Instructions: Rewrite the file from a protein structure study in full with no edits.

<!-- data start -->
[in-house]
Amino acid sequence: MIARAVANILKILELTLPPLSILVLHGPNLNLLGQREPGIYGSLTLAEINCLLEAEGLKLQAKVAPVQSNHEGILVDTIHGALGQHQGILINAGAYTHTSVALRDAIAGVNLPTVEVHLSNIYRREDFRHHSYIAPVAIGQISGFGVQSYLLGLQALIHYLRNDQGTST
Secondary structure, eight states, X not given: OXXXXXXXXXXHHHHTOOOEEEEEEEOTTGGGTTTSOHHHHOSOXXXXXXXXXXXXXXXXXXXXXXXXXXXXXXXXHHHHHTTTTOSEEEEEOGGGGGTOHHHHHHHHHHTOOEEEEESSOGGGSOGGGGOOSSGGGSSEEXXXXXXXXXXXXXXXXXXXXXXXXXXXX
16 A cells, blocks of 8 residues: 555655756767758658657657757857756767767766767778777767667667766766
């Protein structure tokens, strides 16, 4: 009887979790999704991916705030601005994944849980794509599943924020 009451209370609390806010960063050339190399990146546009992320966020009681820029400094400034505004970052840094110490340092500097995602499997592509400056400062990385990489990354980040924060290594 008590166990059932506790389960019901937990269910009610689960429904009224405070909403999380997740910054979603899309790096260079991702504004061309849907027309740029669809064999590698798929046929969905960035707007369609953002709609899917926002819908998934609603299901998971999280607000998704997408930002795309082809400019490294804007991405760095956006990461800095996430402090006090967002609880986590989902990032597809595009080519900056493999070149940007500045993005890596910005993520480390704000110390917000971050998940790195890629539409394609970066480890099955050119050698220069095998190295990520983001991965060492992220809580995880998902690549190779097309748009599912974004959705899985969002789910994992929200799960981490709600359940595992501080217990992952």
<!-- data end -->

[in-house]
Amino acid sequence: MIARAVANILKILELTLPPLSILVLHGPNLNLLGQREPGIYGSLTLAEINCLLEAEGLKLQAKVAPVQSNHEGILVDTIHGALGQHQGILINAGAYTHTSVALRDAIAGVNLPTVEVHLSNIYRREDFRHHSYIAPVAIGQISGFGVQSYLLGLQALIHYLRNDQGTST
Secondary structure, eight states, X not given: OXXXXXXXXXXHHHHTOOOEEEEEEEOTTGGGTTTSOHHHHOSOXXXXXXXXXXXXXXXXXXXXXXXXXXXXXXXXHHHHHTTTTOSEEEEEOGGGGGTOHHHHHHHHHHTOOEEEEESSOGGGSOGGGGOOSSGGGSSEEXXXXXXXXXXXXXXXXXXXXXXXXXXXX
16 A cells, blocks of 8 residues: 555655756767758658657657757857756767767766767778777767667667766766
């Protein structure tokens, strides 16, 4: 009887979790999704991916705030601005994944849980794509599943924020 009451209370609390806010960063050339190399990146546009992320966020009681820029400094400034505004970052840094110490340092500097995602499997592509400056400062990385990489990354980040924060290594 008590166990059932506790389960019901937990269910009610689960429904009224405070909403999380997740910054979603899309790096260079991702504004061309849907027309740029669809064999590698798929046929969905960035707007369609953002709609899917926002819908998934609603299901998971999280607000998704997408930002795309082809400019490294804007991405760095956006990461800095996430402090006090967002609880986590989902990032597809595009080519900056493999070149940007500045993005890596910005993520480390704000110390917000971050998940790195890629539409394609970066480890099955050119050698220069095998190295990520983001991965060492992220809580995880998902690549190779097309748009599912974004959705899985969002789910994992929200799960981490709600359940595992501080217990992952």